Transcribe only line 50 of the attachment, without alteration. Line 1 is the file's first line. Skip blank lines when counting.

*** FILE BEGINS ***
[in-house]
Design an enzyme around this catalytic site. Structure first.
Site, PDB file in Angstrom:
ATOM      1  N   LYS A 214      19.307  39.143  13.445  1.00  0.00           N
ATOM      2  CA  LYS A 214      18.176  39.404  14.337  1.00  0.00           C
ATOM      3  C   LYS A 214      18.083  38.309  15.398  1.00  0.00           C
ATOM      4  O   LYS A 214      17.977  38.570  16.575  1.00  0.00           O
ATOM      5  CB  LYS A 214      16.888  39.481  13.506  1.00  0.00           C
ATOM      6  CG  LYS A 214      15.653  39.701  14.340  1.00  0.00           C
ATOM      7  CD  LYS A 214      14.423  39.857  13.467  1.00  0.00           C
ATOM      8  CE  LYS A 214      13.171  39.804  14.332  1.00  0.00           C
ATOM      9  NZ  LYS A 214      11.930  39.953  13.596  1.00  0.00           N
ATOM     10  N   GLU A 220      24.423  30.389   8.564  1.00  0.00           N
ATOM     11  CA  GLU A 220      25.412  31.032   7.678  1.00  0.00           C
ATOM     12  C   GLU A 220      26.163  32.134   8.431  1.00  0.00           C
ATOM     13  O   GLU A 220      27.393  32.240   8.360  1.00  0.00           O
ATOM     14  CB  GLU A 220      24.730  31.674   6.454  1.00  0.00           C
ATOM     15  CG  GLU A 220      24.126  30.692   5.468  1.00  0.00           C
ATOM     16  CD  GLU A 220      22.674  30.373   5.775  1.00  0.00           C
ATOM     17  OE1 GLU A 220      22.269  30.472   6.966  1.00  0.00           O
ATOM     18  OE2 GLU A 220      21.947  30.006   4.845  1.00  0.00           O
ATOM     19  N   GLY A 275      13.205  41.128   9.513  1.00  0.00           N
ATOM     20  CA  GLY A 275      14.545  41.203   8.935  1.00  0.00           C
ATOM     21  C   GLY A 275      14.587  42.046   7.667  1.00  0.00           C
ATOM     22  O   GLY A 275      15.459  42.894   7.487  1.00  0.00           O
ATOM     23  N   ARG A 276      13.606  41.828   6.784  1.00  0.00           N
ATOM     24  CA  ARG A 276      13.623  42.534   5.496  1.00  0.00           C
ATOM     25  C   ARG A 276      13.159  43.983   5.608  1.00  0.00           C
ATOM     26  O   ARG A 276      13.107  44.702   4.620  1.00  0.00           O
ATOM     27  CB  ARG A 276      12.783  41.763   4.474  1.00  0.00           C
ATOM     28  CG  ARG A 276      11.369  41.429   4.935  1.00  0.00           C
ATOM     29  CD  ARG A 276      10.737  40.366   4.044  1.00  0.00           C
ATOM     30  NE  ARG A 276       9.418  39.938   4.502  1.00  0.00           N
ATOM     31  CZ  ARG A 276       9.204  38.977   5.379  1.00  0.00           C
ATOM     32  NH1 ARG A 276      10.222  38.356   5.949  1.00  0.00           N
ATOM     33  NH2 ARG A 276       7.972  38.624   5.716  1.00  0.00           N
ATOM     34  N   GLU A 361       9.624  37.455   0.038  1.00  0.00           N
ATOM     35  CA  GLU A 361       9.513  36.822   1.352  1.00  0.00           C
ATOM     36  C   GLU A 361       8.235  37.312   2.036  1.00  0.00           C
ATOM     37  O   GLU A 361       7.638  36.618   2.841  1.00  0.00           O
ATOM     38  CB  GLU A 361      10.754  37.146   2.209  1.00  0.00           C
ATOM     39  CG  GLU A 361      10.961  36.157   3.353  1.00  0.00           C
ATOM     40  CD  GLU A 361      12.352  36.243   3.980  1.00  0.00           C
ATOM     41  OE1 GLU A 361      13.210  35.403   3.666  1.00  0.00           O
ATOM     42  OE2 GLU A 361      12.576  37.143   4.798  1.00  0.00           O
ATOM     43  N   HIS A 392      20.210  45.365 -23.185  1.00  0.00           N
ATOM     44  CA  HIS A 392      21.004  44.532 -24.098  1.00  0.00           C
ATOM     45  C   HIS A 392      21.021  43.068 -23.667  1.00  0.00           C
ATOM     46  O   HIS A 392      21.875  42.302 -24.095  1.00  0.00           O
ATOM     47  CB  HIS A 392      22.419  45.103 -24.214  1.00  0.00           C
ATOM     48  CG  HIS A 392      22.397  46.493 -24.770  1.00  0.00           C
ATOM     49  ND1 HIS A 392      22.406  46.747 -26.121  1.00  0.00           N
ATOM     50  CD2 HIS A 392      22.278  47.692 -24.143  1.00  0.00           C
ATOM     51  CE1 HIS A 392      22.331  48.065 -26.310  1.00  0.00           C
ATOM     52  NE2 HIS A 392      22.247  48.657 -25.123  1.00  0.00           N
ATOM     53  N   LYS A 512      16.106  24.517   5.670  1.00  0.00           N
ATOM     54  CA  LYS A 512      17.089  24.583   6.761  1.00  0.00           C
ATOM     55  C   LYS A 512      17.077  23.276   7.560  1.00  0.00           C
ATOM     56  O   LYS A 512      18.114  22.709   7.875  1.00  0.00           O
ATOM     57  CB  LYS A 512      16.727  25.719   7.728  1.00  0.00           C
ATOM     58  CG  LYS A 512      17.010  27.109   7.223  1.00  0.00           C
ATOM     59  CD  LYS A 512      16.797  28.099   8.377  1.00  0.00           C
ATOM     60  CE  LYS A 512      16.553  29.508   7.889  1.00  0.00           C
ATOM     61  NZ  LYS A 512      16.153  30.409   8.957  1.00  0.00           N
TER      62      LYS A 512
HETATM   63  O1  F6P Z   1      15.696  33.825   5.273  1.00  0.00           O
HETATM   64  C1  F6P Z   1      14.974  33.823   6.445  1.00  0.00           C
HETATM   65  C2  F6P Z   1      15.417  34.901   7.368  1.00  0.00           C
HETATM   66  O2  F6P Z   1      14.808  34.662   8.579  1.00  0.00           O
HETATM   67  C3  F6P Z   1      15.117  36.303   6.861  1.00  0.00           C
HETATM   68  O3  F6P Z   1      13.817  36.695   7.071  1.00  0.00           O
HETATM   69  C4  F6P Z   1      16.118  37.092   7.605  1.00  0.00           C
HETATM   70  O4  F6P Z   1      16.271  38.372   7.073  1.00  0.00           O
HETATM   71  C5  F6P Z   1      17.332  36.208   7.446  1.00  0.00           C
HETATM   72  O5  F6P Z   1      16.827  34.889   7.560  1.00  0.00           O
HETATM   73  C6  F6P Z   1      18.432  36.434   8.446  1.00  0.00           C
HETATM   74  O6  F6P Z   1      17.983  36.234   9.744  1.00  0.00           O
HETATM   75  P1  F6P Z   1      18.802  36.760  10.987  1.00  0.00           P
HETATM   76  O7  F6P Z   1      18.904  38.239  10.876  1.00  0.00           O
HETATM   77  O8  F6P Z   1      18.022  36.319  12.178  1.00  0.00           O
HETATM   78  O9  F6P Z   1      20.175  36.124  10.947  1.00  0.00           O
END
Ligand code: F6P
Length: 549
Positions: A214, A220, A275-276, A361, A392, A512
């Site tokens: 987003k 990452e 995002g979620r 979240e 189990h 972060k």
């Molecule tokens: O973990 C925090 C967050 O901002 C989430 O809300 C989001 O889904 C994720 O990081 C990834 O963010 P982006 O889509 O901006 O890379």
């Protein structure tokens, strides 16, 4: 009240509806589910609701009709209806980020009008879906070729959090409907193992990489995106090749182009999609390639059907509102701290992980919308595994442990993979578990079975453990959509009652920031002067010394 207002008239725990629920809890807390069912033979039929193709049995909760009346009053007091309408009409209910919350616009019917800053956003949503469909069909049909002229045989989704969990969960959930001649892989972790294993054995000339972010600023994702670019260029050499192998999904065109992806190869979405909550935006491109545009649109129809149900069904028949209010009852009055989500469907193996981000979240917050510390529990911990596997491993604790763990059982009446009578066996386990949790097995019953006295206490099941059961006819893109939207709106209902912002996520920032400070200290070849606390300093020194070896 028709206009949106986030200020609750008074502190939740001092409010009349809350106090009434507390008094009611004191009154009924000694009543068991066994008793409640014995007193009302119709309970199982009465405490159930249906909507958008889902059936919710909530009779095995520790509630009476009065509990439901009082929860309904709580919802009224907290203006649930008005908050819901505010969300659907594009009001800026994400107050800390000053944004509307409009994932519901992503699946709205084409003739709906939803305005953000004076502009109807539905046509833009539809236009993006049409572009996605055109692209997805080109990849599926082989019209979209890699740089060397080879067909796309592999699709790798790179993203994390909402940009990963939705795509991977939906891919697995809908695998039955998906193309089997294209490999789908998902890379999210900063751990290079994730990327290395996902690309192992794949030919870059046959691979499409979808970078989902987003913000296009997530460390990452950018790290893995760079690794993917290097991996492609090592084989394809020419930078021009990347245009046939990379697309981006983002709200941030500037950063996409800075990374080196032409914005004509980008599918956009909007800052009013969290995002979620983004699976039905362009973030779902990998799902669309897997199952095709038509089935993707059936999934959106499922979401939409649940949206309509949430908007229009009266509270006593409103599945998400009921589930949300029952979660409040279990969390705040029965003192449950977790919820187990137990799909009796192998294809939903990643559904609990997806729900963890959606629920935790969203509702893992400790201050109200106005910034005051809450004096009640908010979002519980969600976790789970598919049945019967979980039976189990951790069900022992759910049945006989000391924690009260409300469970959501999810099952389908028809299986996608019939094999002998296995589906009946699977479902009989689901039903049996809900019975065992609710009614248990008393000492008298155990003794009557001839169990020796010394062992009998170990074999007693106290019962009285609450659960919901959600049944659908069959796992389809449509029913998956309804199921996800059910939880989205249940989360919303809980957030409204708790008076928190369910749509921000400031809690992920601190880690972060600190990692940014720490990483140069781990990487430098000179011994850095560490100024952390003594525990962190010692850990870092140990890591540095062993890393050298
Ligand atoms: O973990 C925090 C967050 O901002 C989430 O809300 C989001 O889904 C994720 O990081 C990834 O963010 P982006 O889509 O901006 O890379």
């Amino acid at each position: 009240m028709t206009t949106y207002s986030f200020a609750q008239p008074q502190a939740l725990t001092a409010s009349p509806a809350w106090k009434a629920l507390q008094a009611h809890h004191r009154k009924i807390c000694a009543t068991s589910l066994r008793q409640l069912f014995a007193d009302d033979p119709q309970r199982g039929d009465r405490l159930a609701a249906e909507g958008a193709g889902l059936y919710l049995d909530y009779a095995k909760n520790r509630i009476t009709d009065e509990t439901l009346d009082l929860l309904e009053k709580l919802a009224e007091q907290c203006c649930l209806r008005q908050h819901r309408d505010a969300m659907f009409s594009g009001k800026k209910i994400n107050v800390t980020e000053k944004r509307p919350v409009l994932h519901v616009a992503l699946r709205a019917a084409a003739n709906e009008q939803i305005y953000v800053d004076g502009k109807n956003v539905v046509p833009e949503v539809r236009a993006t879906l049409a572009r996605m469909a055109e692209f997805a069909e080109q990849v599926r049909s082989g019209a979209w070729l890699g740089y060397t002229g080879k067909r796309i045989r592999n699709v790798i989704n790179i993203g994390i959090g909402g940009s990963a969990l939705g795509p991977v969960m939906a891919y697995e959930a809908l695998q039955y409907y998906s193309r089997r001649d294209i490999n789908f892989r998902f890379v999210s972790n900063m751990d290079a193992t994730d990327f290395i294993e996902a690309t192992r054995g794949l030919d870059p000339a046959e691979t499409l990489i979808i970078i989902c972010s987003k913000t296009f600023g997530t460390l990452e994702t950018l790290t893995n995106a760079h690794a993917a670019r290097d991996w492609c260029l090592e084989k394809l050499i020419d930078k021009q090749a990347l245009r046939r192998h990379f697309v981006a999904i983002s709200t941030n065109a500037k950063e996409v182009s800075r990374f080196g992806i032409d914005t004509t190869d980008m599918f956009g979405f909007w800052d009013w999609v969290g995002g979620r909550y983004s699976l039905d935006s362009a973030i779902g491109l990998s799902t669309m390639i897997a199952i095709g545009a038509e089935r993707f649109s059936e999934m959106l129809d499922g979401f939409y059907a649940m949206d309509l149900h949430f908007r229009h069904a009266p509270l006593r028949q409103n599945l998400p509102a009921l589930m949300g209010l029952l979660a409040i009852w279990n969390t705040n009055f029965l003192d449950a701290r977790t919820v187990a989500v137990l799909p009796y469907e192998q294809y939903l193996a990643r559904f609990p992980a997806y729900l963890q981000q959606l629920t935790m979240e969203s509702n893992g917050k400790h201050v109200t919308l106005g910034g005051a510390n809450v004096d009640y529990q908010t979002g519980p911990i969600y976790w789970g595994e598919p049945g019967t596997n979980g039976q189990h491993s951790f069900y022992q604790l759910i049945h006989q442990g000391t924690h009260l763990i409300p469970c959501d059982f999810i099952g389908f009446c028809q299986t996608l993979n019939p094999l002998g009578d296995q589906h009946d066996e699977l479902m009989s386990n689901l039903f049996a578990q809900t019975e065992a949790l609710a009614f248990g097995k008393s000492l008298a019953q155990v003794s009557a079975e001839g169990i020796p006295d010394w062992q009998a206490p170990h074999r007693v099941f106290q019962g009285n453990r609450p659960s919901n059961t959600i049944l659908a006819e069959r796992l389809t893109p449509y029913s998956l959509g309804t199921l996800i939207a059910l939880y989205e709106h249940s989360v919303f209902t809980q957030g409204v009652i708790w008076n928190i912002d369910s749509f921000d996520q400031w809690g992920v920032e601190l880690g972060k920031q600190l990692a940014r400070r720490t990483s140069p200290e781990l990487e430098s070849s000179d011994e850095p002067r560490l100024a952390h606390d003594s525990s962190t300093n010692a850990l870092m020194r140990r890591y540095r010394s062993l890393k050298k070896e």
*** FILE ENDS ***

ATOM     47  CB  HIS A 392      22.419  45.103 -24.214  1.00  0.00           C